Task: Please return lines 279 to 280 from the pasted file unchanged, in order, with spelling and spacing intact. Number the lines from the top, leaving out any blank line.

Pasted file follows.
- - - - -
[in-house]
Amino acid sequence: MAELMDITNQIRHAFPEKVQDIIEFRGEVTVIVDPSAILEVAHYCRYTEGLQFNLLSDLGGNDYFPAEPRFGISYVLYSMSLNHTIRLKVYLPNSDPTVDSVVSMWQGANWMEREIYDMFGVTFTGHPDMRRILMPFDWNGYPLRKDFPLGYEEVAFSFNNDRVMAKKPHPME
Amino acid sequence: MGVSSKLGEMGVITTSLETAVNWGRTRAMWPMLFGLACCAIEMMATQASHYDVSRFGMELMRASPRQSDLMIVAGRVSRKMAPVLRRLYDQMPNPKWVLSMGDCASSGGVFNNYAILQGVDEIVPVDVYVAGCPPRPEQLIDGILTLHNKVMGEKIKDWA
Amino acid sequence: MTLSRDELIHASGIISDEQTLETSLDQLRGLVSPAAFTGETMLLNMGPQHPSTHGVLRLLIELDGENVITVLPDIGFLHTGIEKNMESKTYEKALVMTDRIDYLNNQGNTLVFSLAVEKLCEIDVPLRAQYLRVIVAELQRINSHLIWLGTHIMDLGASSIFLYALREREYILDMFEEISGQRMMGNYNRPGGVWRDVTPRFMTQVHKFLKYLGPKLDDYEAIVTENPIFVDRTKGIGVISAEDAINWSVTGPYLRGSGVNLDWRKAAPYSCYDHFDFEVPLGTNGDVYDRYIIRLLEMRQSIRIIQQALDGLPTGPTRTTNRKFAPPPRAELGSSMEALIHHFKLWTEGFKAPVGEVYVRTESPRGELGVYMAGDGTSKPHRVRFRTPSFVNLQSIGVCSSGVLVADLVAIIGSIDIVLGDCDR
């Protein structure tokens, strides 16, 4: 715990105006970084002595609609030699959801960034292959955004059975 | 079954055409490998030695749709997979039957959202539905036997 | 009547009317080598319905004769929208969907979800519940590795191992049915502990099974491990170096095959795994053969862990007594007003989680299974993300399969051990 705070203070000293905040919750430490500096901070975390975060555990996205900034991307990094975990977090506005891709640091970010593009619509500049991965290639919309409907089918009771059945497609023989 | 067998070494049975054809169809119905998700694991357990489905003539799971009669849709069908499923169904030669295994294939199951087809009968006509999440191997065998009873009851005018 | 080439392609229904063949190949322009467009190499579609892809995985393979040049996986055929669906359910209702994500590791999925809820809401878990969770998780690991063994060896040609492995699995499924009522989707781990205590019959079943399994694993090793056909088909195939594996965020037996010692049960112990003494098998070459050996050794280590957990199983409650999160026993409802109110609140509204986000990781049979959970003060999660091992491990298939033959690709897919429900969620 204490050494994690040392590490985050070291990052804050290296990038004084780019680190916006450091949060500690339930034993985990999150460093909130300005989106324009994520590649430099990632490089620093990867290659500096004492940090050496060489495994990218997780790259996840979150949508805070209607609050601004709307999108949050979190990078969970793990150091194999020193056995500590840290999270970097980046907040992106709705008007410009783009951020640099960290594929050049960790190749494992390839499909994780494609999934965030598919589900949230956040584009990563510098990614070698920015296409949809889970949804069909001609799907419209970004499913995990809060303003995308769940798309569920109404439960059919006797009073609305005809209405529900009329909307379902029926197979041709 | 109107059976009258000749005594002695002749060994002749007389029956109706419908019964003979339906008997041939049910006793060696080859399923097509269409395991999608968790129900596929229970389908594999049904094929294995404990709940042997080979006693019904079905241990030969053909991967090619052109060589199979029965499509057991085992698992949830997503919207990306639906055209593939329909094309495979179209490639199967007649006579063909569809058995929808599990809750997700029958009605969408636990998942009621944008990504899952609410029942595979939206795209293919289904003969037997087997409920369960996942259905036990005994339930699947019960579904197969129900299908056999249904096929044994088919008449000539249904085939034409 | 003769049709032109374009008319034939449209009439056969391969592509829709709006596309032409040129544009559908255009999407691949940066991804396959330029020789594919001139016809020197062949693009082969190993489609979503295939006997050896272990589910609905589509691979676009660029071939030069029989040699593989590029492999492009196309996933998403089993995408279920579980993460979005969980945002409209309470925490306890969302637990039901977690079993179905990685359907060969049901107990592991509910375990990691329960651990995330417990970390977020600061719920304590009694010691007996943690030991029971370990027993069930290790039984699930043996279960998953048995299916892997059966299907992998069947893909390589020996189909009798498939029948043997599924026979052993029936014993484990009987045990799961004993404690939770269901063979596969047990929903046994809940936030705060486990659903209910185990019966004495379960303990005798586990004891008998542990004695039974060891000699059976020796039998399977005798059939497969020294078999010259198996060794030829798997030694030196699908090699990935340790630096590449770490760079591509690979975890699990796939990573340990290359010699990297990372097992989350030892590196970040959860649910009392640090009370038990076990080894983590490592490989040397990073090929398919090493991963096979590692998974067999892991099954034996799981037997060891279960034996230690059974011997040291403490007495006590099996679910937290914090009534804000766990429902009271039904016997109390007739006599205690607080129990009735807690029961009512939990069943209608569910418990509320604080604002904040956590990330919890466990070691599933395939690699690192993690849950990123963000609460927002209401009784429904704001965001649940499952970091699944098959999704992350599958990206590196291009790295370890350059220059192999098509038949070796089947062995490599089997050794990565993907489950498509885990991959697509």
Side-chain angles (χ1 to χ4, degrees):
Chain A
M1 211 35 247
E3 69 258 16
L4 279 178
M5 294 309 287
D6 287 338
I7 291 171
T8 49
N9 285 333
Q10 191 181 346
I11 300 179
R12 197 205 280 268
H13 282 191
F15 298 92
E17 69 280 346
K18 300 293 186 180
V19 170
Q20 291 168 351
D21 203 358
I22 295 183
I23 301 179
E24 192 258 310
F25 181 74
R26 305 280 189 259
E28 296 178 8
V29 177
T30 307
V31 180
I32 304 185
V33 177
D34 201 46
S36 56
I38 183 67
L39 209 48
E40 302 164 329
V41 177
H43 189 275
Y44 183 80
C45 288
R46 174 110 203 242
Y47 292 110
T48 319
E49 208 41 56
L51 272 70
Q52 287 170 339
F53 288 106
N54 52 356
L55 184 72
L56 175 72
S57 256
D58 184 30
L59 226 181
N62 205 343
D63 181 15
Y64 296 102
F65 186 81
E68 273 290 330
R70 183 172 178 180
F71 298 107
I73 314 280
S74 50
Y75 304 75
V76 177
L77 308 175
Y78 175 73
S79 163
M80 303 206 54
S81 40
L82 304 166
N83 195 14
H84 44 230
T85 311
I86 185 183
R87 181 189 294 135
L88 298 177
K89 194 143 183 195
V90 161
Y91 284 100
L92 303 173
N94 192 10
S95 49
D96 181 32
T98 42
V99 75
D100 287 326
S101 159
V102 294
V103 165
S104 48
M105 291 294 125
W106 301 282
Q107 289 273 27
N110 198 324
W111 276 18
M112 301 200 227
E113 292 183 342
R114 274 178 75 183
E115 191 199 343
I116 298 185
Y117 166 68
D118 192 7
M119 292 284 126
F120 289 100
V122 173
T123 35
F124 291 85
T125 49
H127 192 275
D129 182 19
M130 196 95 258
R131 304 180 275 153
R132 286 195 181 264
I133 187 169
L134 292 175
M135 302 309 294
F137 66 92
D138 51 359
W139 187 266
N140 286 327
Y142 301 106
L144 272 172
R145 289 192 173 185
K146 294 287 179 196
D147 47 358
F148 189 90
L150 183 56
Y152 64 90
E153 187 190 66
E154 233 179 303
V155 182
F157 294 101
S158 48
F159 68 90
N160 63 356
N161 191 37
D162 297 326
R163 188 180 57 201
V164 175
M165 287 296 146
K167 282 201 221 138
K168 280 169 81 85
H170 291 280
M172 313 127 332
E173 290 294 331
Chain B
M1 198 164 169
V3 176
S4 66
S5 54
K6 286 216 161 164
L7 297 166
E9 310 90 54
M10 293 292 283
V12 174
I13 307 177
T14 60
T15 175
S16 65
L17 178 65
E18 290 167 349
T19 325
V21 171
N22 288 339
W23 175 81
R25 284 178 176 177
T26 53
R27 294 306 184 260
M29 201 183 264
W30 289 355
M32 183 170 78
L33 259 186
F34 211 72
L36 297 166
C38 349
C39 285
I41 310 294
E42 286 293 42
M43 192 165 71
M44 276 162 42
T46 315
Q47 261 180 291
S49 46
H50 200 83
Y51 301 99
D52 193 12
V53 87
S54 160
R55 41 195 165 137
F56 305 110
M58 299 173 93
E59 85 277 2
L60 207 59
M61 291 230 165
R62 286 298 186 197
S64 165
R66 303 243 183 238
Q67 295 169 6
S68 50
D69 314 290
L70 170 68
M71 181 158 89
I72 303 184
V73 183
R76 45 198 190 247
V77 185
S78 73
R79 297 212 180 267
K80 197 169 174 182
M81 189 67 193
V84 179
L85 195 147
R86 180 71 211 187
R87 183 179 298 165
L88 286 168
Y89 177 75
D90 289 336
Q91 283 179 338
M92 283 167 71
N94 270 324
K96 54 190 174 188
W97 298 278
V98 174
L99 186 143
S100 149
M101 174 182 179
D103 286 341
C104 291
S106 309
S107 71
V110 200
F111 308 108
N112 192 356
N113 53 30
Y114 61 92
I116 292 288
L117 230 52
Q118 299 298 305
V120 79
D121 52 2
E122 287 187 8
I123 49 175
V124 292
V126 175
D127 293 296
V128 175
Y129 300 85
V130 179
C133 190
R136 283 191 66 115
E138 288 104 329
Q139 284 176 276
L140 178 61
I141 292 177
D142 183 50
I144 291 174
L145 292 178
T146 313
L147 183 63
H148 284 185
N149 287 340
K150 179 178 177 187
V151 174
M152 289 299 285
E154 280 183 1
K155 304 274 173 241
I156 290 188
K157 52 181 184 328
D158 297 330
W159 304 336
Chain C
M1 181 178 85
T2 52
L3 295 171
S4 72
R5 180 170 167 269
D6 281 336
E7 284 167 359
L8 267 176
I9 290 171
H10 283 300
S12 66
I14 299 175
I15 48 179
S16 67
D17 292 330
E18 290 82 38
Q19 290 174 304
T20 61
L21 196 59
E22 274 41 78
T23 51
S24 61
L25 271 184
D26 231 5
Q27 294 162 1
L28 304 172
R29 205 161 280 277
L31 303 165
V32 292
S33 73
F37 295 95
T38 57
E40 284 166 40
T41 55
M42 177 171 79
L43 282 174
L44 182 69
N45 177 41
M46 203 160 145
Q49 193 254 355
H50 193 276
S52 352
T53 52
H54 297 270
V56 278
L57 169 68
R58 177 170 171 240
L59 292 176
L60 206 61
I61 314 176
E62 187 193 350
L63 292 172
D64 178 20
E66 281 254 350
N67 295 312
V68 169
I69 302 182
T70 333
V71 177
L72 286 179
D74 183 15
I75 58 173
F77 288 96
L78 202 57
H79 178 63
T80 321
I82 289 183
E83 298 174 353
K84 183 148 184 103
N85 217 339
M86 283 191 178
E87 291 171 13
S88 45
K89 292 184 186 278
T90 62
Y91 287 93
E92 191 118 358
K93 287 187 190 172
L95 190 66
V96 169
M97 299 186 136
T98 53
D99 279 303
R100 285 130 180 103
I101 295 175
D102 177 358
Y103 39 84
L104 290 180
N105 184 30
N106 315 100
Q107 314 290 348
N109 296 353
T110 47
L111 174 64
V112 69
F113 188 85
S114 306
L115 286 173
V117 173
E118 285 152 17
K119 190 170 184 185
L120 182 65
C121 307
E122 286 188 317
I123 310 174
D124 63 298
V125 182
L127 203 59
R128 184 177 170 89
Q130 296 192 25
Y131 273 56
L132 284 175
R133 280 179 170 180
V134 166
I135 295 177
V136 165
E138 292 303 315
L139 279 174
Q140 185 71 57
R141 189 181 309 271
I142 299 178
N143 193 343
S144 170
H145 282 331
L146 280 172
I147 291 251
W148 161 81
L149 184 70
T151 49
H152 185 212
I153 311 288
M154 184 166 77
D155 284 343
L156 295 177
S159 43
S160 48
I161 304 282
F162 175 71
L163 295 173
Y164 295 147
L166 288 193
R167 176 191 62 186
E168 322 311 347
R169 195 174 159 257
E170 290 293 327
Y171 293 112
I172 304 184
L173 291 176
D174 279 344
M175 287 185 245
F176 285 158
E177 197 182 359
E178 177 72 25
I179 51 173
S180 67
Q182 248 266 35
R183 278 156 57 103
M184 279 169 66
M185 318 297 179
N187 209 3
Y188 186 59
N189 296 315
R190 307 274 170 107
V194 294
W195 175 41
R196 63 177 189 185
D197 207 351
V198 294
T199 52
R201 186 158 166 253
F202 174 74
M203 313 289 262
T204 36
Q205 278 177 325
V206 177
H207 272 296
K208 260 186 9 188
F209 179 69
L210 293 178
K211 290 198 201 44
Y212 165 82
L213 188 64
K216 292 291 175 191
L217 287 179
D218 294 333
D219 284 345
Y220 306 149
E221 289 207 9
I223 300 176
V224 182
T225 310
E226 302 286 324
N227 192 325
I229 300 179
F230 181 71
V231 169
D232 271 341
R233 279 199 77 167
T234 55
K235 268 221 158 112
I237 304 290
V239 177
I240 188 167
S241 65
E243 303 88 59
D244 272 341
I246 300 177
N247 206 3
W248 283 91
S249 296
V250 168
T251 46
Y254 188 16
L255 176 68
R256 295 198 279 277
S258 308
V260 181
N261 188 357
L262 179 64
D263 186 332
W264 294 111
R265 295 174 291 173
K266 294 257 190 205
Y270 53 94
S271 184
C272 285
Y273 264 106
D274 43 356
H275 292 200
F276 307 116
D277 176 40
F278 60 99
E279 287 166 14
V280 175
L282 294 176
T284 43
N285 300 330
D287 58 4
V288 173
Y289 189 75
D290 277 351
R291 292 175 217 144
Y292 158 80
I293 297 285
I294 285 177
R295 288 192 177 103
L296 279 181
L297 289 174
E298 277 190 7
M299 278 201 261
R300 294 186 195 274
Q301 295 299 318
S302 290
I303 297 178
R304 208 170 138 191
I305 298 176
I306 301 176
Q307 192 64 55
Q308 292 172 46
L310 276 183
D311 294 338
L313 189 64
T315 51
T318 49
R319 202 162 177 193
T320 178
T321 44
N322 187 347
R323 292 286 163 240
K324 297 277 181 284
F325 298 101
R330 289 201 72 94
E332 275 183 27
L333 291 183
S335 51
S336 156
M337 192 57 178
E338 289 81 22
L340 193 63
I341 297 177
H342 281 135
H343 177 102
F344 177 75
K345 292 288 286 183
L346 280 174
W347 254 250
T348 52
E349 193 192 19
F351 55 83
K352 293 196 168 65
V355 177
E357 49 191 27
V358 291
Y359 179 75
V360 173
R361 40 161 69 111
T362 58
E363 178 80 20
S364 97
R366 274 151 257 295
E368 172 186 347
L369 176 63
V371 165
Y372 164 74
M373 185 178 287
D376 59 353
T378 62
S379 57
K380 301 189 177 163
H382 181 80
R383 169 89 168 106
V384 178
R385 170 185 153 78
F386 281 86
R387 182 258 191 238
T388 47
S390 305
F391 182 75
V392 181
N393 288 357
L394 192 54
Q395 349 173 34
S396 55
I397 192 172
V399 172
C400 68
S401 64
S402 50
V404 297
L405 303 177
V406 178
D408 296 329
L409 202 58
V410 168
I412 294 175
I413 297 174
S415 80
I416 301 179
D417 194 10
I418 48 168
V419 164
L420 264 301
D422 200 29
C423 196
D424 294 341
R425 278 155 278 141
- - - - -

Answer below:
L3 295 171
S4 72